Thursday, May 28, 2009

A Bit More on the Possible Soda Tax

Yesterday's comment suggested that unless we tax all food or use only a single criterion for deciding what should be taxed, deciding what to tax and how much to tax it will be a tricky business. Of course, on the subject of vitamin fortified sodas, one reasonable question might be "if it is profitable why aren't people doing it already"?

The interesting thing is that while I am not aware of any vitamin fortified sodas, I am aware of vitamin fortified sweet beverages. I am even aware of brands of orange juice that are fortified with calcium and other vitamins. My nine year old can list off all the vitamins in the "for kids" version of one major orange juice brand.

Why do this? Product differentitation? The market for beverages has a lot of competition but does not fit the definition of being perfectly competitive. Product differentiation is important. However, we can presume that when it comes to soda, there is not a lot of vitamin fortified soda because the cost of doing this is not going to yield enough of an increase in the demand and ultimately the marginal revenue to increase profits.

So, why would it be more likely under a system with a tax on sodas? Well, taxing sodas would not change the demand but would change the marginal revenue to the soda producers at whatever price the consumers paid in the market. If the algorithm for determining taxes on sodas were based on a tradeoff between calories and nutrition, if the manufacturer could add vitamins at a low marginal cost and avoid the tax, it may be possible to capture more market share and increase taxes.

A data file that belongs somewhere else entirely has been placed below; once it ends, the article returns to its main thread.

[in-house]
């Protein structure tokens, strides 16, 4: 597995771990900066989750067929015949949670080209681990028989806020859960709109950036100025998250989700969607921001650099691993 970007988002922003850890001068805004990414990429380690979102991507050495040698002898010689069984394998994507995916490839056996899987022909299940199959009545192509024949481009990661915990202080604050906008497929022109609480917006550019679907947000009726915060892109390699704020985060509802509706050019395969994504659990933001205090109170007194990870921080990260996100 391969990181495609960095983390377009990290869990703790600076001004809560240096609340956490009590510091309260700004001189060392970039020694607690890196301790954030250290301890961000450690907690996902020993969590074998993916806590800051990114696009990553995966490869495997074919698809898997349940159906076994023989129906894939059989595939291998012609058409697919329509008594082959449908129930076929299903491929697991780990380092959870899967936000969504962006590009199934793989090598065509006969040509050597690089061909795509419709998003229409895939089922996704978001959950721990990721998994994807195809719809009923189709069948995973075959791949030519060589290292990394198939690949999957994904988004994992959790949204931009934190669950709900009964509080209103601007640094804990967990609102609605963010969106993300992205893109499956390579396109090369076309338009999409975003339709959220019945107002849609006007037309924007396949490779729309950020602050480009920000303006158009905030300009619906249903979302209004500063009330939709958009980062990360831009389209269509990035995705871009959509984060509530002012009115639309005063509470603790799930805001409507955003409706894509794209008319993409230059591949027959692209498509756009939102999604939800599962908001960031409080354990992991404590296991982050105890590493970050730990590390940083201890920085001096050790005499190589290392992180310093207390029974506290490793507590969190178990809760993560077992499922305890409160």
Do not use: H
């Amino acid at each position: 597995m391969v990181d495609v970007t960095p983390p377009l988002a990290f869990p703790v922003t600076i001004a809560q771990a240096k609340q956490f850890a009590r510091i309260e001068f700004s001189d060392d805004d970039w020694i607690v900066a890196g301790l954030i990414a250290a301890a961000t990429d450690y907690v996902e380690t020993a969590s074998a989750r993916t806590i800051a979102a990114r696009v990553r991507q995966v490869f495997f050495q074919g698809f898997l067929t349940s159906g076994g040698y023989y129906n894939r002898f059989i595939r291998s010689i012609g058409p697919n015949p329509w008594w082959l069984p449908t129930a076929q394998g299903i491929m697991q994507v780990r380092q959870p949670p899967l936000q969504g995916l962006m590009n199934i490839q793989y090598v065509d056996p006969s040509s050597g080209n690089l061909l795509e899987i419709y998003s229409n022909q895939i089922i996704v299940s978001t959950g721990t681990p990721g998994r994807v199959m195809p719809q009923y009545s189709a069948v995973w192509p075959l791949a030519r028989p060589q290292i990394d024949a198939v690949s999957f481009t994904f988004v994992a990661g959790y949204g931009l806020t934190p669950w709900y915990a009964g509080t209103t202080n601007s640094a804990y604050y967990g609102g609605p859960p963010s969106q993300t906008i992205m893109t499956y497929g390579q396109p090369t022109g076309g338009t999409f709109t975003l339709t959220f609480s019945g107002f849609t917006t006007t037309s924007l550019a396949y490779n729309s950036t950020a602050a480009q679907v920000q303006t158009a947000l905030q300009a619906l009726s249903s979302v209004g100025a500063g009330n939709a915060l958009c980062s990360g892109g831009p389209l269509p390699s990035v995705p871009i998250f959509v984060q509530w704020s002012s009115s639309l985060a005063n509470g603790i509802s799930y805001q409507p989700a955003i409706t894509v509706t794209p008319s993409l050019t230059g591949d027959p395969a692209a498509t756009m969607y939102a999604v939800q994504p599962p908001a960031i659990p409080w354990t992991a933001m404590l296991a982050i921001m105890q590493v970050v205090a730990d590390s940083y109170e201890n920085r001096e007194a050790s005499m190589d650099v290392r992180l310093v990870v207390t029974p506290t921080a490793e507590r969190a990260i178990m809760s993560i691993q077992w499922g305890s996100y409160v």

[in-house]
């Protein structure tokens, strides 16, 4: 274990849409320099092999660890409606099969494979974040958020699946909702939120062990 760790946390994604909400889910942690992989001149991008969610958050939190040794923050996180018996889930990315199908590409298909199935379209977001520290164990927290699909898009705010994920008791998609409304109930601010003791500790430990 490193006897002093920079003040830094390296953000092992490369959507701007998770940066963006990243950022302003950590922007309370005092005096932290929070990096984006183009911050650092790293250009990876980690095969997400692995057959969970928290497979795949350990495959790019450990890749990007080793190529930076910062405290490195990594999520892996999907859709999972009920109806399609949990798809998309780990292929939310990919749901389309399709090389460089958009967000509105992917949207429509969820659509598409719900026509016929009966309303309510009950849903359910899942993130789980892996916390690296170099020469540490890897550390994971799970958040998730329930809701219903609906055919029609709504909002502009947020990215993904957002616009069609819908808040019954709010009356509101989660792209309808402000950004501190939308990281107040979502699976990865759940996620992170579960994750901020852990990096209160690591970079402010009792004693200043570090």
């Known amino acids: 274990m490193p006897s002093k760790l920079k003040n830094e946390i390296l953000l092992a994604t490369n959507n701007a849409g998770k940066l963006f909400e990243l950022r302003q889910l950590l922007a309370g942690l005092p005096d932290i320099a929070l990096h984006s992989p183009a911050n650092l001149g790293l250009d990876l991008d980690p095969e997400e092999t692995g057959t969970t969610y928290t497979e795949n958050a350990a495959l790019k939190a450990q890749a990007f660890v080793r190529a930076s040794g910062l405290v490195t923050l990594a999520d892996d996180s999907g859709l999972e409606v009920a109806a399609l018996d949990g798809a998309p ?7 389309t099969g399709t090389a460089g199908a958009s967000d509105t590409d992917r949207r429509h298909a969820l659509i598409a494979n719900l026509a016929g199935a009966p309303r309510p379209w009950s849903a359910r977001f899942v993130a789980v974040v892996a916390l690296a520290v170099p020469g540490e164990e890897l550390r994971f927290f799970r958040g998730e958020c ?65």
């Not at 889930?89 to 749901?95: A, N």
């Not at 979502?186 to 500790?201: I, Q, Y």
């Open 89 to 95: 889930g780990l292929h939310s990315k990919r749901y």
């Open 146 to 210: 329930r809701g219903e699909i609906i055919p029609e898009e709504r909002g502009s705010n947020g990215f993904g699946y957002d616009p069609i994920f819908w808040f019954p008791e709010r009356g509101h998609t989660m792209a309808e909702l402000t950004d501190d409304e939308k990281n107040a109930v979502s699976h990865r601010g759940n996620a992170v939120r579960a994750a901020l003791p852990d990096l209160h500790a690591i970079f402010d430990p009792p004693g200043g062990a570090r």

In fact, we might even see vitamin fortified alternative sweetener sodas emerge if people who had been drinking zero calorie sodas were tempted to switch to sugared sodas for the nutrition. Now, that would be an even more surprising effect of taxing sodas if it were to occur.

All because of product differentitation and an attempt to maintain market share and ultimately profits.

Thinking through things like this is a favorite pass-time of economists. There are almost always unintedned consequences of policy because we can only think of so many things like this and often the real market will come up with things we never expected.

Wednesday, May 27, 2009

Would a Soda Tax Lead to "Vitamin Fortified Soda"?

In general, food (other than restaurant food and prepared food) is not taxed. Presumably, this is because it is seen as more of a necessity than other goods. There is discussion of a variety of possible taxes on foods that are thought to contribute to obesity. A FB friend pointed me to two articles about a possible soda tax when I commented that I will be teaching a course on the economics of obesity ( and